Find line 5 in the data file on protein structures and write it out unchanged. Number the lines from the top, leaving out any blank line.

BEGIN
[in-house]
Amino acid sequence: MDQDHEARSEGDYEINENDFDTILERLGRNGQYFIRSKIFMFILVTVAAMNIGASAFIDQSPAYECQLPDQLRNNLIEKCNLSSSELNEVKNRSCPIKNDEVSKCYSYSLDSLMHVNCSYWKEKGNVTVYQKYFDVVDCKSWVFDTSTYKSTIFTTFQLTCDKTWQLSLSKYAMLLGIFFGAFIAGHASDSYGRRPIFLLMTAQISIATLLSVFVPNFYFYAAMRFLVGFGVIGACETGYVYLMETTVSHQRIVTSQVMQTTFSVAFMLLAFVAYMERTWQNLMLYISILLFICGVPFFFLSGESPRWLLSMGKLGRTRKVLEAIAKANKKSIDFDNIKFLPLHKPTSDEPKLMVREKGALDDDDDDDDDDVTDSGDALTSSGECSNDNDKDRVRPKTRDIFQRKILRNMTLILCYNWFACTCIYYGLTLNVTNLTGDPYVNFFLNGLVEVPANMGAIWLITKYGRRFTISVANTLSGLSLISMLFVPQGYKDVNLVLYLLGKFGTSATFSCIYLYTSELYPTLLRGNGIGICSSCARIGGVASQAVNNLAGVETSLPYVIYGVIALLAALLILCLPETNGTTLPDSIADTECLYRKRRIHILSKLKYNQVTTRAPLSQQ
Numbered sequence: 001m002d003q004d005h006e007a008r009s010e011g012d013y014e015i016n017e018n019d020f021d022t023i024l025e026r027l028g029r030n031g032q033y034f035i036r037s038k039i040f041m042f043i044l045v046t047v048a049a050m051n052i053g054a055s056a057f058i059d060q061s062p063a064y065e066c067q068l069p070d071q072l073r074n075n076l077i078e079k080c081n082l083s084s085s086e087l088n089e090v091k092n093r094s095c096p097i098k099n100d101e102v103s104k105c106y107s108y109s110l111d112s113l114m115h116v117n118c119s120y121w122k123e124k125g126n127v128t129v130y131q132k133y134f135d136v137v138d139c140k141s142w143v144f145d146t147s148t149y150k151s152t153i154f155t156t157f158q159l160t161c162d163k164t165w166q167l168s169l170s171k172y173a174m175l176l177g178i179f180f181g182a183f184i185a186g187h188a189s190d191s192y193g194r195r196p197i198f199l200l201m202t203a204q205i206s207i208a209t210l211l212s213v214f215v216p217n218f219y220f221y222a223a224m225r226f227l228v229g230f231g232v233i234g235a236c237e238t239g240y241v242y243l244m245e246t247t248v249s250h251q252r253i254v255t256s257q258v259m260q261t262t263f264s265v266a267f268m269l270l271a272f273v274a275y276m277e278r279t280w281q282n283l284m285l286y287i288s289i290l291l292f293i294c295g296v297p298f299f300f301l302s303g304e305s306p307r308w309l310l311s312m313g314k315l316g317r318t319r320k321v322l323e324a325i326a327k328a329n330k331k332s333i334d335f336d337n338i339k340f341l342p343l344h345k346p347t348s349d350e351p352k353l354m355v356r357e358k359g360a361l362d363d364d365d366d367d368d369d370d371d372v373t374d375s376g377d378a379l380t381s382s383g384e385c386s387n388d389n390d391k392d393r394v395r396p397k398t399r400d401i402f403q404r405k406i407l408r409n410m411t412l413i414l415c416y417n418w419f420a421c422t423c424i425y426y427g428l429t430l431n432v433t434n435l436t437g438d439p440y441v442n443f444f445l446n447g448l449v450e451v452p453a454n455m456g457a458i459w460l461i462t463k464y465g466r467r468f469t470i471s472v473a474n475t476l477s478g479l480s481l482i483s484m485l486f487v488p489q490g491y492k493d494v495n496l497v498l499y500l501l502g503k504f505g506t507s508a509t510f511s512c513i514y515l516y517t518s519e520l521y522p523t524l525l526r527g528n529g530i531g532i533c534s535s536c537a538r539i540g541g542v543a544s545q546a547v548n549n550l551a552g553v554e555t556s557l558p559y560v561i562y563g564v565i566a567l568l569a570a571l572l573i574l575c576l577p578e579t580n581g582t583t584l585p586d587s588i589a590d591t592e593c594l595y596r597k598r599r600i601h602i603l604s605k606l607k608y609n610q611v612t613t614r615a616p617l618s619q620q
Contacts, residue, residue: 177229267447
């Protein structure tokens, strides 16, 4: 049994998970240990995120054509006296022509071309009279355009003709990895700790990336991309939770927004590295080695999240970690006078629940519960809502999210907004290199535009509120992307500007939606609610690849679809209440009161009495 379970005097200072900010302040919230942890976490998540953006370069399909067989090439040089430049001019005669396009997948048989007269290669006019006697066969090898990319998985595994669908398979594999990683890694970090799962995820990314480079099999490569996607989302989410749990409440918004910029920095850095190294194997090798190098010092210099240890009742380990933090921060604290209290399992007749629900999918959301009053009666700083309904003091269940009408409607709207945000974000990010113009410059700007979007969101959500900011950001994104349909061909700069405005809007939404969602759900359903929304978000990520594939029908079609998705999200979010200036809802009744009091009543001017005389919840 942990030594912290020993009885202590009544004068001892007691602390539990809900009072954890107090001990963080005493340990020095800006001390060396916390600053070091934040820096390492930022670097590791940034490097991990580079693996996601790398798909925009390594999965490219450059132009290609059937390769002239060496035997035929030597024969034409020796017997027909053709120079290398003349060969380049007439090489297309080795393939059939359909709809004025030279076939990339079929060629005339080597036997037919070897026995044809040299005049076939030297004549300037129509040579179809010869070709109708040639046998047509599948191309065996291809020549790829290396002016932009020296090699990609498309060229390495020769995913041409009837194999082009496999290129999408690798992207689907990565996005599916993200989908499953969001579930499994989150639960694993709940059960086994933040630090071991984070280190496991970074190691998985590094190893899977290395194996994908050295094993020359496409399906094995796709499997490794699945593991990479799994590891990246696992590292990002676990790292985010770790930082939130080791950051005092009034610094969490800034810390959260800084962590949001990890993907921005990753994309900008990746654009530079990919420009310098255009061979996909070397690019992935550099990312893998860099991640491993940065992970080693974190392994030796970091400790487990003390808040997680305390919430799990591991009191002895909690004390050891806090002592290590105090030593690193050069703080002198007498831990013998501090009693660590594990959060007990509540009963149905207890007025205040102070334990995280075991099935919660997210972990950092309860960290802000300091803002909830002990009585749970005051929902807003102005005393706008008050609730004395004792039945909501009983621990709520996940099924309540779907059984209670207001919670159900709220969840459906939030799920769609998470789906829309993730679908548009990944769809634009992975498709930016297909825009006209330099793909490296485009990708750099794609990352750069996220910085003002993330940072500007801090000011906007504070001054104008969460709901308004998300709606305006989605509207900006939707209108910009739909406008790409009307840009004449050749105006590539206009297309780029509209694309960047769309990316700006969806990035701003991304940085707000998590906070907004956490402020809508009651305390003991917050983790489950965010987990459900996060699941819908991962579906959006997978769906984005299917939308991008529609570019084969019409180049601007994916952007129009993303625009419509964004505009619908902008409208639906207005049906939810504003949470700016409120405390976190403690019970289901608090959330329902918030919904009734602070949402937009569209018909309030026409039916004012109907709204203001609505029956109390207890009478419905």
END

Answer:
């Protein structure tokens, strides 16, 4: 049994998970240990995120054509006296022509071309009279355009003709990895700790990336991309939770927004590295080695999240970690006078629940519960809502999210907004290199535009509120992307500007939606609610690849679809209440009161009495 379970005097200072900010302040919230942890976490998540953006370069399909067989090439040089430049001019005669396009997948048989007269290669006019006697066969090898990319998985595994669908398979594999990683890694970090799962995820990314480079099999490569996607989302989410749990409440918004910029920095850095190294194997090798190098010092210099240890009742380990933090921060604290209290399992007749629900999918959301009053009666700083309904003091269940009408409607709207945000974000990010113009410059700007979007969101959500900011950001994104349909061909700069405005809007939404969602759900359903929304978000990520594939029908079609998705999200979010200036809802009744009091009543001017005389919840 942990030594912290020993009885202590009544004068001892007691602390539990809900009072954890107090001990963080005493340990020095800006001390060396916390600053070091934040820096390492930022670097590791940034490097991990580079693996996601790398798909925009390594999965490219450059132009290609059937390769002239060496035997035929030597024969034409020796017997027909053709120079290398003349060969380049007439090489297309080795393939059939359909709809004025030279076939990339079929060629005339080597036997037919070897026995044809040299005049076939030297004549300037129509040579179809010869070709109708040639046998047509599948191309065996291809020549790829290396002016932009020296090699990609498309060229390495020769995913041409009837194999082009496999290129999408690798992207689907990565996005599916993200989908499953969001579930499994989150639960694993709940059960086994933040630090071991984070280190496991970074190691998985590094190893899977290395194996994908050295094993020359496409399906094995796709499997490794699945593991990479799994590891990246696992590292990002676990790292985010770790930082939130080791950051005092009034610094969490800034810390959260800084962590949001990890993907921005990753994309900008990746654009530079990919420009310098255009061979996909070397690019992935550099990312893998860099991640491993940065992970080693974190392994030796970091400790487990003390808040997680305390919430799990591991009191002895909690004390050891806090002592290590105090030593690193050069703080002198007498831990013998501090009693660590594990959060007990509540009963149905207890007025205040102070334990995280075991099935919660997210972990950092309860960290802000300091803002909830002990009585749970005051929902807003102005005393706008008050609730004395004792039945909501009983621990709520996940099924309540779907059984209670207001919670159900709220969840459906939030799920769609998470789906829309993730679908548009990944769809634009992975498709930016297909825009006209330099793909490296485009990708750099794609990352750069996220910085003002993330940072500007801090000011906007504070001054104008969460709901308004998300709606305006989605509207900006939707209108910009739909406008790409009307840009004449050749105006590539206009297309780029509209694309960047769309990316700006969806990035701003991304940085707000998590906070907004956490402020809508009651305390003991917050983790489950965010987990459900996060699941819908991962579906959006997978769906984005299917939308991008529609570019084969019409180049601007994916952007129009993303625009419509964004505009619908902008409208639906207005049906939810504003949470700016409120405390976190403690019970289901608090959330329902918030919904009734602070949402937009569209018909309030026409039916004012109907709204203001609505029956109390207890009478419905």